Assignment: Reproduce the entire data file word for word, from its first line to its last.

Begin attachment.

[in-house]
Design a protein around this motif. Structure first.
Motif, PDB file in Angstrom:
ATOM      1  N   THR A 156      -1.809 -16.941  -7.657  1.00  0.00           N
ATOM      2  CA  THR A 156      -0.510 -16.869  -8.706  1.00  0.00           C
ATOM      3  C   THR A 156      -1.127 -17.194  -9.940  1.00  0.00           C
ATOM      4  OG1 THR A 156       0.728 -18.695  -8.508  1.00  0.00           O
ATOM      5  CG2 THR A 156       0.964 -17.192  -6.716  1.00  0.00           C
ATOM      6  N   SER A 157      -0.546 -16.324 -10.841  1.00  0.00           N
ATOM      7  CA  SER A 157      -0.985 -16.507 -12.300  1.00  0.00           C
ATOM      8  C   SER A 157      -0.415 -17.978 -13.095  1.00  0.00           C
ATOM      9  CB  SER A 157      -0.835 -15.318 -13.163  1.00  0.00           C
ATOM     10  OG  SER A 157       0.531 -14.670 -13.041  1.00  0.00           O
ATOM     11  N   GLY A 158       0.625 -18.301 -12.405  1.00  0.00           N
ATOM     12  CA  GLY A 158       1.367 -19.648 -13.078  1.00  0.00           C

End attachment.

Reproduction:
[in-house]
Design a protein around this motif. Structure first.
Motif, PDB file in Angstrom:
ATOM      1  N   THR A 156      -1.809 -16.941  -7.657  1.00  0.00           N
ATOM      2  CA  THR A 156      -0.510 -16.869  -8.706  1.00  0.00           C
ATOM      3  C   THR A 156      -1.127 -17.194  -9.940  1.00  0.00           C
ATOM      4  OG1 THR A 156       0.728 -18.695  -8.508  1.00  0.00           O
ATOM      5  CG2 THR A 156       0.964 -17.192  -6.716  1.00  0.00           C
ATOM      6  N   SER A 157      -0.546 -16.324 -10.841  1.00  0.00           N
ATOM      7  CA  SER A 157      -0.985 -16.507 -12.300  1.00  0.00           C
ATOM      8  C   SER A 157      -0.415 -17.978 -13.095  1.00  0.00           C
ATOM      9  CB  SER A 157      -0.835 -15.318 -13.163  1.00  0.00           C
ATOM     10  OG  SER A 157       0.531 -14.670 -13.041  1.00  0.00           O
ATOM     11  N   GLY A 158       0.625 -18.301 -12.405  1.00  0.00           N
ATOM     12  CA  GLY A 158       1.367 -19.648 -13.078  1.00  0.00           C